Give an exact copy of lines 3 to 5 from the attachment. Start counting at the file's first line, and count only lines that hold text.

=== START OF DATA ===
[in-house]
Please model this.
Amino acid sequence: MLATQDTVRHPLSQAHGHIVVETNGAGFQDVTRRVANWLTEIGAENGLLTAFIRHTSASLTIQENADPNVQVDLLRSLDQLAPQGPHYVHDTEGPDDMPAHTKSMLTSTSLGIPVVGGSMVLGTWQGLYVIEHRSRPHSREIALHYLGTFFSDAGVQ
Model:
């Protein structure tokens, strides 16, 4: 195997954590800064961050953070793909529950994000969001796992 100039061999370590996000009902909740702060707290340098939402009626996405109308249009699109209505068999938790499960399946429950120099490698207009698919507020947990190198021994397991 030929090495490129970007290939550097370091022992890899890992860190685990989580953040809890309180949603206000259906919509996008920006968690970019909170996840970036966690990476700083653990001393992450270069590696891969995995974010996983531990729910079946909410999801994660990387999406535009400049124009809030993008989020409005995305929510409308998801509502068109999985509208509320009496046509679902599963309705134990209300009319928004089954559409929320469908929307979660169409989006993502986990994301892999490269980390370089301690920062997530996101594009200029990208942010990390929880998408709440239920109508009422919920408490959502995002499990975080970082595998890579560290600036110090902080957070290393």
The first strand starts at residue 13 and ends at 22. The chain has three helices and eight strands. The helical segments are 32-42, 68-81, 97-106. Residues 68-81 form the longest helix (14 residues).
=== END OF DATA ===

Amino acid sequence: MLATQDTVRHPLSQAHGHIVVETNGAGFQDVTRRVANWLTEIGAENGLLTAFIRHTSASLTIQENADPNVQVDLLRSLDQLAPQGPHYVHDTEGPDDMPAHTKSMLTSTSLGIPVVGGSMVLGTWQGLYVIEHRSRPHSREIALHYLGTFFSDAGVQ
Model:
């Protein structure tokens, strides 16, 4: 195997954590800064961050953070793909529950994000969001796992 100039061999370590996000009902909740702060707290340098939402009626996405109308249009699109209505068999938790499960399946429950120099490698207009698919507020947990190198021994397991 030929090495490129970007290939550097370091022992890899890992860190685990989580953040809890309180949603206000259906919509996008920006968690970019909170996840970036966690990476700083653990001393992450270069590696891969995995974010996983531990729910079946909410999801994660990387999406535009400049124009809030993008989020409005995305929510409308998801509502068109999985509208509320009496046509679902599963309705134990209300009319928004089954559409929320469908929307979660169409989006993502986990994301892999490269980390370089301690920062997530996101594009200029990208942010990390929880998408709440239920109508009422919920408490959502995002499990975080970082595998890579560290600036110090902080957070290393």